Monday, January 01, 2007

It's a Small Deaf Blogosphere After All

An escalating number of deaf and hearing advocates of the deaf community who created blogs/vlogs is more VISible and LOUDer than ever in history. I am just looking back on what issues have erupted in the deaf community since the wake of the Gallaudet protest. I believe that the protest was a turning point of the deaf blogosphere. Why? It gained so many watchful eyes that had triggered me, like many other newly-founded bloggers and vloggers, to analyze the need to improve and fight social injustice for the posterity of deaf people. Yes, there were existing bloggers like Ridor and Teri Sentelle before the awakening of the event but I was in the dark until the cries of the protest had led me to the light of these sites thanks to deafread.com. Kudos to you Tayler Mayer, Jarod Evans, Carrie Gellibrand and JJ Puorro (the editors of deafread.com) Mishka Zena, Joey Baer, Ridor, Carl Schroeder, and much more! I applaud to ALL of you who have been contributing your time, energy and creativity to raise our perceptions and analysis of what is the truth or not, what should have been done or not, and so forth. As I'm currently flying on a plane returning home from a wonderful escapade, I'm able to find my time to reflect by thumbing in most of my thoughts in my sidekick. Going off the point, it looks like the airline policy no longer requests us to shut down the pagers when taking off. I've raised my pager on an eye level "plane" making it obvious on several recent trips and no longer have received orders from the attendant(s) to SHUT it DOWN! Oh well, that's fine with me as I am not objecting at all! Anyways, before deafread.com had existed, we were thirsty to find a variety of current deaf-related events that were scattered (i.e. Silent News (in the old days,ohh!), Deafnation (newspaper-to-internet), deafness.about.com (Actually, I didn't even know about this until deafread.com!). Certainly it was not convenient for us to "google" for information at different places, not to mention how time consuming it was to keep on our toes to keep up with deaf-related news. I felt like an ignorant, poor greyhound dog chasing a carrot in the race (not that I support the race mind you).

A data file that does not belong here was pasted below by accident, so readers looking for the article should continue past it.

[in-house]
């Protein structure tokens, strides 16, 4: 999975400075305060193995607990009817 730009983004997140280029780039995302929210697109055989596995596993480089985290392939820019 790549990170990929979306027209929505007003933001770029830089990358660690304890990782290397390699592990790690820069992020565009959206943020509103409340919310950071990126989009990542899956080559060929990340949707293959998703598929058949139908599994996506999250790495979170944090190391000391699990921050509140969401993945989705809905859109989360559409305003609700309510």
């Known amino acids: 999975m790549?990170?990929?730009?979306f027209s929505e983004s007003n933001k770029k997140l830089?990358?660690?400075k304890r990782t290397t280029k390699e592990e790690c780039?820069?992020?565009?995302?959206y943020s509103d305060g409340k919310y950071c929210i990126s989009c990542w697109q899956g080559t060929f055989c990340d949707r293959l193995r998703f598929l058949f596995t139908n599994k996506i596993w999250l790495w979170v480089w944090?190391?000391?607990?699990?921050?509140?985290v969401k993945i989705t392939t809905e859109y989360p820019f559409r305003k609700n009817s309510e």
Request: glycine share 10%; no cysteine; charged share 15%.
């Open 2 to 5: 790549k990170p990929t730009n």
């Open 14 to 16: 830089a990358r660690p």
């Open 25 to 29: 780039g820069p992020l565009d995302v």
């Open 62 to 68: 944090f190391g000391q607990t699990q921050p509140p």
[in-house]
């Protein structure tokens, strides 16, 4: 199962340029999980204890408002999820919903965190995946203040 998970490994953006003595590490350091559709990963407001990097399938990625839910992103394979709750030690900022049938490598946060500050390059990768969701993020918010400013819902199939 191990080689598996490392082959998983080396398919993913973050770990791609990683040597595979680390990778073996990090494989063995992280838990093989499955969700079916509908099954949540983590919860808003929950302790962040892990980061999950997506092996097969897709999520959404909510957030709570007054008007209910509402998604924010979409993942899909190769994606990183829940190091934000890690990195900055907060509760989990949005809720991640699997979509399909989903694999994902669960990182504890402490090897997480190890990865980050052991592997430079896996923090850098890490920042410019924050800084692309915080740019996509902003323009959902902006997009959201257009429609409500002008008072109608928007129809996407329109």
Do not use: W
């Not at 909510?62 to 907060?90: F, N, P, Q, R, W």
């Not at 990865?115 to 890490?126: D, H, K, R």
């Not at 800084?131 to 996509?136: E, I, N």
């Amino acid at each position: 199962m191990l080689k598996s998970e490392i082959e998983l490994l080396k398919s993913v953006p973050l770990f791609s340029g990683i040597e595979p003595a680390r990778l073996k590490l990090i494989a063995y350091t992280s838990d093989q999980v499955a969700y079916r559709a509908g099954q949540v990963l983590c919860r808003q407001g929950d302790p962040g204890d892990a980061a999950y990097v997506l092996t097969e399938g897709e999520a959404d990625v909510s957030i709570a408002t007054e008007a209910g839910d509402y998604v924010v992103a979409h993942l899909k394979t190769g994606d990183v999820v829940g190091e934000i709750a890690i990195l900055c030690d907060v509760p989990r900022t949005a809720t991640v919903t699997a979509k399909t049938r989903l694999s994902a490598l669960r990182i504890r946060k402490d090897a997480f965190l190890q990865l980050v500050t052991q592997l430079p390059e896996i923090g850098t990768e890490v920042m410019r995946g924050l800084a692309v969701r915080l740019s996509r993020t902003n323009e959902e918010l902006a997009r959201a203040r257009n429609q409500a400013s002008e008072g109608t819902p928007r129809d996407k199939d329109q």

When Disney Park produces the theme, "it's a small world (after all)", it displays a variety of ethnic groups celebrating together in peace and harmony as the goal is to make tolerance more widely accepted about each other's culture.

But in reality, there are cultural wars in this small world where people are suffering and having to watch over their shoulders constantly. On the other hand, there are people living in multi-cultural environment being jolly with each other. It is a matter when people make choices on how to react based on what they have been taught or learned.

Before I go any further, I want to make it clear that when I say the word deaf, this term includes anyone regardless their degree of hearing loss since the dictionary defines that deaf means "lacking or deficient in the sense of hearing" and note that deficient means "lacking in some necessary quality or element." So "lacking in SOME"; not ALL, and "quality or element" refers to hearing are how the definition of deaf is written by Mariam-Webster team. I just don't simply understand why the term hearing-impaired is created as it is still used today. I even found this old-school term in an recent Odyssey magazine today quoting deaf and hearing-impaired, oh pul-eaze! Now, I owe a letter to the editor of this magazine!

Reading blog after blog, I have noticed that the same ole issue has been appearing redundantly which is how one perceives oralism, or how deaf of deaf is perceived, or how there are people with hearing loss who don't give a hoot about deaf culture, and so on. It looks like to me that there are three major groups of deaf people;

1. ASL signers 2. Non-ASL signers 3. Non-signers

Let's say that all groups mingle together with acceptance and work in harmony. So what does this spell?

U-N-I-T-Y, that is.

Now may I ask what will the deaf world be like if we go blind about every individuals' degree of hearing loss and that ASL is used or whatever the selection of communication mode is when it comes to socializing with each other? Is this really possible? Perhaps it is rare.

ASL is valued and protected by the core of deaf culture but it has been patronized by the others who even denied that it is a language. That is where the clash comes in so whose fault is it? There are multiple research papers about how ASL is proven as a language as originally emerged by William Stokoe and eventually it was shown how it can be used as an educational tool to teach English by respectful researchers such as Carol Erting and Cynthia Bailes. On the other hand, there are some research showing how deaf people are able to acquire English skills using other methods (i.e. cued speech). Based on my observation, people who have residual hearing may get by without ASL use that they are able to acquire English as their primary language since they have some auditory access to it but it doesn't mean that they should reject or diss ASL. It goes the same for people who rely on ASL as a primary language looking down to those who don't use ASL.